Army ROTC grad receives star as Cadet Command deputy
June 18, 2011
Barrye Price’s military career took the next step Friday, at the same spot where it all began.
“I began my Army journey along with my best friend, Valentino Murphy, on the field behind you some 31 years ago last week,” Price, deputy commanding officer of U.S. Army Cadet Command, said after his promotion to the rank of brigadier general.
Price first set foot on Fort Knox in 1980 for what was then ROTC Basic Camp, the course that today is known as the Leader’s Training Course. Since graduating the course, he has traveled the world, held numerous positions and earned a number of awards.
To LTC Cadets, Price stands as an example of how far graduates can go.
“I have been blessed with more promotions and recognitions than I expected or felt deserving of,” Price said in his speech at Cadet Park in front of the command’s headquarters.
But not all of Price’s accomplishments have been military related. He served on President George W. Bush’s “Raising Responsible and Resourceful Teenagers” task force in 2000, and was a member of President Clinton’s “Mississippi Delta Task Force” from 1999 to 2000.
And while the promotion ceremony Friday was all about his future, Price was mostly interested in thanking those who had helped him in the past.
“I’m pleased to see people from every assignment that I’ve had over the last 26 years of active service,” Price said, before devoting the remainder of his remarks to thank his “village of family, friends, mentors and advocates.”
Lt. Gen. Benjamin Freakley, commander for U.S. Army Accessions Command, conferred the promotion upon Price and praised him in his remarks.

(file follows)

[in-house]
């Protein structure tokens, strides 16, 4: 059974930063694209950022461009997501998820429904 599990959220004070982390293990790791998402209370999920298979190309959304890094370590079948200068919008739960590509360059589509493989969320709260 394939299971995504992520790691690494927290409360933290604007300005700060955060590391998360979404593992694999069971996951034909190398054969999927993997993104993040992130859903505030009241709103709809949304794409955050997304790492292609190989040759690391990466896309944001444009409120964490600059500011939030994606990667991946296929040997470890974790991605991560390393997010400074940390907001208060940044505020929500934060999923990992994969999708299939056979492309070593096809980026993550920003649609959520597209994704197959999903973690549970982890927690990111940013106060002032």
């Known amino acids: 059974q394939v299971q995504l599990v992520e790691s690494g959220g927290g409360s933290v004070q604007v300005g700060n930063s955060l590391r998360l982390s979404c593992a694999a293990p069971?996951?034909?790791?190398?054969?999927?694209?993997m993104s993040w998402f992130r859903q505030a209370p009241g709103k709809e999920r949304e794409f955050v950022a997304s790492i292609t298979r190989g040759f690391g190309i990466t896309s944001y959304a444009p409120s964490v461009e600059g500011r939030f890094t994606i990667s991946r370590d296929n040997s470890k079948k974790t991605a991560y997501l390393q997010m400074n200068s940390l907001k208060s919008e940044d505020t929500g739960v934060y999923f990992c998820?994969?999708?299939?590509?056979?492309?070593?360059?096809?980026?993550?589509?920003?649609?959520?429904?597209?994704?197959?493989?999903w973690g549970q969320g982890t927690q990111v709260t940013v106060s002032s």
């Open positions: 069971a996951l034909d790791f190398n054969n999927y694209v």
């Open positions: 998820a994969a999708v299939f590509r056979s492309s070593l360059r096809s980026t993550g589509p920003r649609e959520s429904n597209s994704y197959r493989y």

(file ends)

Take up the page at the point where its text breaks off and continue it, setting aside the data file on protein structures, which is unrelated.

“Barrye Price is without a doubt one of the finest officers I’ve ever had a chance to serve with,” he said.
Freakley also highlighted Price’s educational accomplishments, which include a doctorate from Texas A&M;University.
“Our Army talks about lifelong learning,” Freakley said. “Barrye lives and demonstrates that lifelong learning.”
As part of the ceremony before 161 members of his extended family, Price was presented with his Congressional record, a commemorative shell casing, a personal general officer flag and a general officer belt and pistol.
At a reception for family and friends afterward, Price reflected on his initial days at what is now the Leader’s Training Course. He showed up for training just five days after graduating from high school.
“I had no idea what it meant, what it was going to mean,” he said.
Price said that the six-week program felt “like an eternity.” And while he had the discipline going into it, he originally lacked the maturity.
“I was a kid,” Price said. “I’d just turned 18 years old seven days before.”
After LTC, Price went to a junior military college for a year before being accepted to the University of Houston.
“My skills at LTC were what allowed me to excel at ROTC,” he said.
Today, both Price’s office and his nearby home look out over the field where he graduated 31 years ago.
“It’s humbling because it allows me to see God’s blessing and how far I’ve come from the empty vessel that I was,” Price said.